In This Issue: [click on the link to go to the corresponding section]
The Electronic Frontier Foundation (EFF) recently issued a report presenting the arbitrary differences in redactions between copies of the same documents the organization received in response to different FOIA requests, and analyzing what the differences mean in terms of fulfilling President Obama’s promises of transparency.
Taxpayers for Common Sense (TCS) worked with Taxpayers Against Earmarks and WashingtonWatch.com to compile a comprehensive database of 39,294 Fiscal Year (FY) 2011 earmark requests. Access a complete database of the requested earmarks and other related information here.
Good Jobs First released a transparency study, 51 web pages, and a new job-subsidy database last week. The transparency study, Show Us the Subsidies, evaluates how well or poorly state government economic development websites disclose subsidy information. The web pages, Accountable USA make it easy to find essential information on subsidy practices and controversies in all 50 states, plus the District of Columbia. The database, Subsidy Tracker is a searchable national database of company-specific subsidy-deal data.
The American Library Association (ALA) is calling for nominations for two awards to honor individuals or groups who have championed, protected and promoted public access to government information and the public’s right to know at the national and local level. Learn more about the awards, and how to nominate groups and individuals, here.
On December 9, OpenTheGovernment.org and several coalition partners joined in sending a letter to Senator Patrick Leahy, the Chairman of the Senate Judiciary Committee, to express concerns about a proposal in section 301 of the Motor Vehicle Safety Act, S. 3302, that would authorize the Secretary of Transportation to establish categories of information that are exempt from public disclosure under the Freedom of Information Act (FOIA). We understand that the National Highway Traffic and Safety Administration (NHTSA) seeks this authority to avoid the burden of processing the large amounts of regulatory data it regularly receives under FOIA. However, granting agencies the authority to unilaterally exempt information from the reach of the FOIA is not an appropriate way to handle resource issues, and is not in the spirit of the law. The letter urges Senator Leahy to not support the bill unless the language is modified.
To mark the one-year anniversary of the Open Government Directive (OGD) on December 8, Patrice McDermott, Director of OpenTheGovernment.org, and Carolyn Lukensmeyer, Founder and President of AmericaSpeaks, penned an opinion piece cross-posted on Government Executive, NextGov, and Federal News Radio highlighting the successes of the OGD to date and recommending "next steps" for the Administration to take to make government more open and participatory.
Briefly, they argue the primary success to date has been developing infrastructure that makes information more available to the public and that increases opportunities for people to provide agencies with input and feedback. But to succeed in making the federal government more accountable, the administration should lead and set the standard for open government by, in part, making sure the public has easy access to information across the government about how the government is spending its resources, who is influencing public policy decisions, what information the government is collecting and so on, and by high profile government leaders taking a more active role in inviting, monitoring, responding to and incorporating citizen input into policy.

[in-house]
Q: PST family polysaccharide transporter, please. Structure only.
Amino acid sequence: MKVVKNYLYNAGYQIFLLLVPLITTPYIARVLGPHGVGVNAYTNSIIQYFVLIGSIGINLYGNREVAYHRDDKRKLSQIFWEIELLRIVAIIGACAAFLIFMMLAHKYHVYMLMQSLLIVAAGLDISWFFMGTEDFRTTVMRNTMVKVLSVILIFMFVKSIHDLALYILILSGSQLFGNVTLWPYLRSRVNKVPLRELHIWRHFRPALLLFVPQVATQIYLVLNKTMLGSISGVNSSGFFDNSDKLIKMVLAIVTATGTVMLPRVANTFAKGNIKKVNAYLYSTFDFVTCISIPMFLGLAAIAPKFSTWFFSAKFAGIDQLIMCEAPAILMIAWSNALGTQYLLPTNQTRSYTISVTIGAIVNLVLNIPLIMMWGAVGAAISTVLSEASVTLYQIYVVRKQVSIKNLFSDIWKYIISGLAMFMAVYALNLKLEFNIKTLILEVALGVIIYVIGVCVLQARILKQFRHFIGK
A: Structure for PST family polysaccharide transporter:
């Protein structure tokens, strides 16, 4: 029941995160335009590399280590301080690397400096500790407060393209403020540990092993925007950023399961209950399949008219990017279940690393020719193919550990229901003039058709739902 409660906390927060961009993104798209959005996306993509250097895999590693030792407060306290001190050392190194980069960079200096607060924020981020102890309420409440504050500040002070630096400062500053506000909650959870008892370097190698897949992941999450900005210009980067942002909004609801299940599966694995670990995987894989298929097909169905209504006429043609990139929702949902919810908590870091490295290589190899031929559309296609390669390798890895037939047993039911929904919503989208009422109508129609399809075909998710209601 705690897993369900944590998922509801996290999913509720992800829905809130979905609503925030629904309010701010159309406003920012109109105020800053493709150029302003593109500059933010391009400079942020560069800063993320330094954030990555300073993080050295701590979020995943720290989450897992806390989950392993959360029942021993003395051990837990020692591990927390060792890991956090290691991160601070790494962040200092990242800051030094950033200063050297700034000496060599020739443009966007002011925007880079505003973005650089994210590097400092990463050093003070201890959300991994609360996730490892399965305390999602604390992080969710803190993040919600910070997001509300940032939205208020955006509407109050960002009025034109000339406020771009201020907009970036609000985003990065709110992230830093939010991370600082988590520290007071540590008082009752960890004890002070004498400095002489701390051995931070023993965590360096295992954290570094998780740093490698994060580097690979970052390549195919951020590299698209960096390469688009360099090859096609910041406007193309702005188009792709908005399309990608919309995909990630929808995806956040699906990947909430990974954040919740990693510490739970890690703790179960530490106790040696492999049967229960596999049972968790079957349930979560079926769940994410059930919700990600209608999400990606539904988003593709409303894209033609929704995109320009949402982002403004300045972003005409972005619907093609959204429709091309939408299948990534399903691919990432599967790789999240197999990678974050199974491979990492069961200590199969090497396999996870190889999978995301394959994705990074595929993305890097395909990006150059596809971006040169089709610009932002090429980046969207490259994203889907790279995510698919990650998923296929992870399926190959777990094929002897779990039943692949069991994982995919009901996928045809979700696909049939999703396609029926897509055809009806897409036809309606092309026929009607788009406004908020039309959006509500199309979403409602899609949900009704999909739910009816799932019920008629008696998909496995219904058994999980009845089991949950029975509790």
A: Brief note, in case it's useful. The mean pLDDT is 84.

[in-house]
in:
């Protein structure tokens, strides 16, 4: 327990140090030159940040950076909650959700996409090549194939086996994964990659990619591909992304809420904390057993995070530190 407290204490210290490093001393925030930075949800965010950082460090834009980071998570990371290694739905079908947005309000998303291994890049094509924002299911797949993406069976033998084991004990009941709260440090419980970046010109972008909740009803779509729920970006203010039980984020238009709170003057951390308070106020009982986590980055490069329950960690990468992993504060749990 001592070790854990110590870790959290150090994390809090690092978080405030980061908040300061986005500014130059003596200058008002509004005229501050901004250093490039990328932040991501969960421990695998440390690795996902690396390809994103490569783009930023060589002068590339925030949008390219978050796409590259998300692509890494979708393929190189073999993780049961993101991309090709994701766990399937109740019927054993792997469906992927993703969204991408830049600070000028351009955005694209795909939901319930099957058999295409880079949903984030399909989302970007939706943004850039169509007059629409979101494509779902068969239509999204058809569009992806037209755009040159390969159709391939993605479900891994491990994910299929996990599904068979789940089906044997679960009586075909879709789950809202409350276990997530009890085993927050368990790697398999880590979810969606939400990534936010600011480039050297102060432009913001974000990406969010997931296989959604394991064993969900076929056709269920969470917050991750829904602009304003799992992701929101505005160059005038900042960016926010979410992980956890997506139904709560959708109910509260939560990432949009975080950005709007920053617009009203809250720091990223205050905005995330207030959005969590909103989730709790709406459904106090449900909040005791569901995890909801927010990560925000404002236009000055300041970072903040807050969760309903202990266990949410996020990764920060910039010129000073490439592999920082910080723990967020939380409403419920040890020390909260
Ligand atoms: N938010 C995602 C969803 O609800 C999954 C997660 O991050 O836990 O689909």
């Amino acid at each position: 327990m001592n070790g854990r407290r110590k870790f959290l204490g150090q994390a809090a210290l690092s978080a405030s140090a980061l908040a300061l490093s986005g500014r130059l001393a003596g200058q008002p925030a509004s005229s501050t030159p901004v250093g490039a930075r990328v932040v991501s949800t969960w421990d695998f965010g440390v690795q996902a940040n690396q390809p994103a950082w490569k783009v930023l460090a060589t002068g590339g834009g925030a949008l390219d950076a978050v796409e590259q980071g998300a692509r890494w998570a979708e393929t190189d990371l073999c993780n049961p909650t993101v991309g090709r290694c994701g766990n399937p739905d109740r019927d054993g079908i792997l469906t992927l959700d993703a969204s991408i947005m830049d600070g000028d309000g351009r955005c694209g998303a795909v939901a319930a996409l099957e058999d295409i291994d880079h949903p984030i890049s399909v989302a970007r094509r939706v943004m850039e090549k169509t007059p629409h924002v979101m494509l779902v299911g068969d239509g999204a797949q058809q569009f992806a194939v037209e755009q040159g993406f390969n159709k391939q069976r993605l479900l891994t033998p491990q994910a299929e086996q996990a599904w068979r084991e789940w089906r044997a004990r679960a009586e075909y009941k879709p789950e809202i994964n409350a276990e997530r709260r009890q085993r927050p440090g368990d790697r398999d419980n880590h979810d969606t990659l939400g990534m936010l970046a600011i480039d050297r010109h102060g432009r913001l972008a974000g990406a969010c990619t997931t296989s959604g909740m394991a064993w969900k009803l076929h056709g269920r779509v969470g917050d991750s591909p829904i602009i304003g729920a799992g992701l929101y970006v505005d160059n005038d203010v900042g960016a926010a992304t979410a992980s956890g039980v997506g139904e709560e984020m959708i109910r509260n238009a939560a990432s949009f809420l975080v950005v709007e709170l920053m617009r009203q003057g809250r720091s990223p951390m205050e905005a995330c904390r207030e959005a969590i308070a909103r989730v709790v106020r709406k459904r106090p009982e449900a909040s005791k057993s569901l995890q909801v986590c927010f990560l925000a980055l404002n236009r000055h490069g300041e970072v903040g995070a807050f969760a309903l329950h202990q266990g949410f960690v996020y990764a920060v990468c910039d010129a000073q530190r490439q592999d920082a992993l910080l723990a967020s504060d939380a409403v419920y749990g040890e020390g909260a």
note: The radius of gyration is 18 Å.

You can listen to an interview with Dr. McDermott and David Stern of AmericaSpeaks about the anniversary of the OGD on Federal News Radio’s the DorobekInsider here.
Public Citizen and OpenTheGovernment.org are collecting information on obstacles that agencies are placing before FOIA requesters to determine the scope and nature of a potentially troubling trend in FOIA processing. Over the past few years, we have heard FOIA requesters describe several problems that made it more difficult, expensive, or time consuming to receive documents or to appeal the withholding of documents. For example, we have heard of: agencies’ attempts to pressure requesters to narrow or modify their requests; statements in agency responses that a "preliminary" response will be deemed "final" unless the requester affirmatively requests reconsideration; agencies’ efforts to elicit agreements that a requester will not appeal a partial disclosure if the partial disclosure is promptly made; agencies’ refusals to search for documents before requesters agree to pay search costs, even when the requester is likely to receive a fee waiver; requesters’ difficulties receiving fee waivers; exorbitant search cost estimates; and agencies consolidating distinct requests for billing purposes.
Because we have only heard about these problems anecdotally, we are unsure at this time which agencies are using these tactics, how frequently they are using them, and whether they are also using other, similar tactics that have not yet come to our attention. We need to hear from you to help fill this gap. In an email to Michael Page at Public Citizen (firstname.lastname@example.org), please provide the following information: the name of the agency; the dates of all correspondence with the agency; the nature of the obstacle encountered; and the name and contact information of someone at your organization whom we should contact for additional information.